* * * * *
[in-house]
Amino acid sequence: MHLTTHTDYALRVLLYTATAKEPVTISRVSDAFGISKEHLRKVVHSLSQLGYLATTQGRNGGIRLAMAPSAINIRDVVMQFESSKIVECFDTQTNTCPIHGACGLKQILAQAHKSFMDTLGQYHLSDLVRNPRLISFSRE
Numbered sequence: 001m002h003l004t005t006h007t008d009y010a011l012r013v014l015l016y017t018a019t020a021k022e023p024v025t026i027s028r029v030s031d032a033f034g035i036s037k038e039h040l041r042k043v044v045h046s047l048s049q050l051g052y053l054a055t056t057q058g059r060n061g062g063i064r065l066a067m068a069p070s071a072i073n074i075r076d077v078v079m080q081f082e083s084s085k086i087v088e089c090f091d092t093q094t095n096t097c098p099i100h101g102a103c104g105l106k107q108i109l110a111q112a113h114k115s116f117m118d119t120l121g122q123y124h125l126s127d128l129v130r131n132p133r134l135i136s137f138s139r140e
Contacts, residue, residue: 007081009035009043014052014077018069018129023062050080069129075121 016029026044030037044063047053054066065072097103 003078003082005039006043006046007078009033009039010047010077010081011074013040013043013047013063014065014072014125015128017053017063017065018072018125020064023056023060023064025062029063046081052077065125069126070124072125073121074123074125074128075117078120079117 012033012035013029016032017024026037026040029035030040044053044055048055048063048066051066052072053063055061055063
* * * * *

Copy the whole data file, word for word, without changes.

[in-house]
Amino acid sequence: MHLTTHTDYALRVLLYTATAKEPVTISRVSDAFGISKEHLRKVVHSLSQLGYLATTQGRNGGIRLAMAPSAINIRDVVMQFESSKIVECFDTQTNTCPIHGACGLKQILAQAHKSFMDTLGQYHLSDLVRNPRLISFSRE
Numbered sequence: 001m002h003l004t005t006h007t008d009y010a011l012r013v014l015l016y017t018a019t020a021k022e023p024v025t026i027s028r029v030s031d032a033f034g035i036s037k038e039h040l041r042k043v044v045h046s047l048s049q050l051g052y053l054a055t056t057q058g059r060n061g062g063i064r065l066a067m068a069p070s071a072i073n074i075r076d077v078v079m080q081f082e083s084s085k086i087v088e089c090f091d092t093q094t095n096t097c098p099i100h101g102a103c104g105l106k107q108i109l110a111q112a113h114k115s116f117m118d119t120l121g122q123y124h125l126s127d128l129v130r131n132p133r134l135i136s137f138s139r140e
Contacts, residue, residue: 007081009035009043014052014077018069018129023062050080069129075121 016029026044030037044063047053054066065072097103 003078003082005039006043006046007078009033009039010047010077010081011074013040013043013047013063014065014072014125015128017053017063017065018072018125020064023056023060023064025062029063046081052077065125069126070124072125073121074123074125074128075117078120079117 012033012035013029016032017024026037026040029035030040044053044055048055048063048066051066052072053063055061055063